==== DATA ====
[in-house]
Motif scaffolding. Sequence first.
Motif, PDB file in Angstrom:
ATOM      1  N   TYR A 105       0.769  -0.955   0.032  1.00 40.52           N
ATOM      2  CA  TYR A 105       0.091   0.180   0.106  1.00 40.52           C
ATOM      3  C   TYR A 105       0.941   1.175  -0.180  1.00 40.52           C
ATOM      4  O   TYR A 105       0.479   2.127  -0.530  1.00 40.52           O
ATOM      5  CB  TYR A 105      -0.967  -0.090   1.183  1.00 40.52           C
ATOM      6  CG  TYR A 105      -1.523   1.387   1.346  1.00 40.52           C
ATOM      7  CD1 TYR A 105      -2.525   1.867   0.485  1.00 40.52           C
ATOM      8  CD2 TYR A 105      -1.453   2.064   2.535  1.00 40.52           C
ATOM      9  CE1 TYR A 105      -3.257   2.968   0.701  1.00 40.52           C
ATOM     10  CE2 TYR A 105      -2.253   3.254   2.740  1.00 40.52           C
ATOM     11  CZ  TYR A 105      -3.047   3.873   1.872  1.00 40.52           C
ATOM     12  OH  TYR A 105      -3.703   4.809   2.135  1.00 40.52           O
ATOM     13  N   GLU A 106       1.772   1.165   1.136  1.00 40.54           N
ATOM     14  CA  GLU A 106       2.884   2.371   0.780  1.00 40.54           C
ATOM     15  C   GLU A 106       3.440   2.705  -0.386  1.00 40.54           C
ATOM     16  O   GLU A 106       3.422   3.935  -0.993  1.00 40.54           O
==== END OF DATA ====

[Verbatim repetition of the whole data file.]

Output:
[in-house]
Motif scaffolding. Sequence first.
Motif, PDB file in Angstrom:
ATOM      1  N   TYR A 105       0.769  -0.955   0.032  1.00 40.52           N
ATOM      2  CA  TYR A 105       0.091   0.180   0.106  1.00 40.52           C
ATOM      3  C   TYR A 105       0.941   1.175  -0.180  1.00 40.52           C
ATOM      4  O   TYR A 105       0.479   2.127  -0.530  1.00 40.52           O
ATOM      5  CB  TYR A 105      -0.967  -0.090   1.183  1.00 40.52           C
ATOM      6  CG  TYR A 105      -1.523   1.387   1.346  1.00 40.52           C
ATOM      7  CD1 TYR A 105      -2.525   1.867   0.485  1.00 40.52           C
ATOM      8  CD2 TYR A 105      -1.453   2.064   2.535  1.00 40.52           C
ATOM      9  CE1 TYR A 105      -3.257   2.968   0.701  1.00 40.52           C
ATOM     10  CE2 TYR A 105      -2.253   3.254   2.740  1.00 40.52           C
ATOM     11  CZ  TYR A 105      -3.047   3.873   1.872  1.00 40.52           C
ATOM     12  OH  TYR A 105      -3.703   4.809   2.135  1.00 40.52           O
ATOM     13  N   GLU A 106       1.772   1.165   1.136  1.00 40.54           N
ATOM     14  CA  GLU A 106       2.884   2.371   0.780  1.00 40.54           C
ATOM     15  C   GLU A 106       3.440   2.705  -0.386  1.00 40.54           C
ATOM     16  O   GLU A 106       3.422   3.935  -0.993  1.00 40.54           O